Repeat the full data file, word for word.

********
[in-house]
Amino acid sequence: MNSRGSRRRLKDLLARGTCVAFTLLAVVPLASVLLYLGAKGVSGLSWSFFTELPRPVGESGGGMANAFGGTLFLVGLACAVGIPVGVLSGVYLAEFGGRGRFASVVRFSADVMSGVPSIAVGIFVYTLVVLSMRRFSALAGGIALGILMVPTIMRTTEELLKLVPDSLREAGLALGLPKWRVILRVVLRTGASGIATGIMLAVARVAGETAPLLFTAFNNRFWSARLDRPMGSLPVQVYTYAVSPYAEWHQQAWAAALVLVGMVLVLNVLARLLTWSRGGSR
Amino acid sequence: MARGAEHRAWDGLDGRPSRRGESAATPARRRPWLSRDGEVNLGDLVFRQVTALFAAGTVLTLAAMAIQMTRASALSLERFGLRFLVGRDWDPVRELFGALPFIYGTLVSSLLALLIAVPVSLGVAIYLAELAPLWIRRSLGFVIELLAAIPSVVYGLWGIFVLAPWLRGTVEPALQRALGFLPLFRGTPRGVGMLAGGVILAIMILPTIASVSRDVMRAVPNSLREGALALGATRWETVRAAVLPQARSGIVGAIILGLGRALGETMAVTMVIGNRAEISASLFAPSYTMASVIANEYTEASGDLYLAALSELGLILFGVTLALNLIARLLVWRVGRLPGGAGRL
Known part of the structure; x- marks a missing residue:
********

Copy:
[in-house]
Amino acid sequence: MNSRGSRRRLKDLLARGTCVAFTLLAVVPLASVLLYLGAKGVSGLSWSFFTELPRPVGESGGGMANAFGGTLFLVGLACAVGIPVGVLSGVYLAEFGGRGRFASVVRFSADVMSGVPSIAVGIFVYTLVVLSMRRFSALAGGIALGILMVPTIMRTTEELLKLVPDSLREAGLALGLPKWRVILRVVLRTGASGIATGIMLAVARVAGETAPLLFTAFNNRFWSARLDRPMGSLPVQVYTYAVSPYAEWHQQAWAAALVLVGMVLVLNVLARLLTWSRGGSR
Amino acid sequence: MARGAEHRAWDGLDGRPSRRGESAATPARRRPWLSRDGEVNLGDLVFRQVTALFAAGTVLTLAAMAIQMTRASALSLERFGLRFLVGRDWDPVRELFGALPFIYGTLVSSLLALLIAVPVSLGVAIYLAELAPLWIRRSLGFVIELLAAIPSVVYGLWGIFVLAPWLRGTVEPALQRALGFLPLFRGTPRGVGMLAGGVILAIMILPTIASVSRDVMRAVPNSLREGALALGATRWETVRAAVLPQARSGIVGAIILGLGRALGETMAVTMVIGNRAEISASLFAPSYTMASVIANEYTEASGDLYLAALSELGLILFGVTLALNLIARLLVWRVGRLPGGAGRL
Known part of the structure; x- marks a missing residue: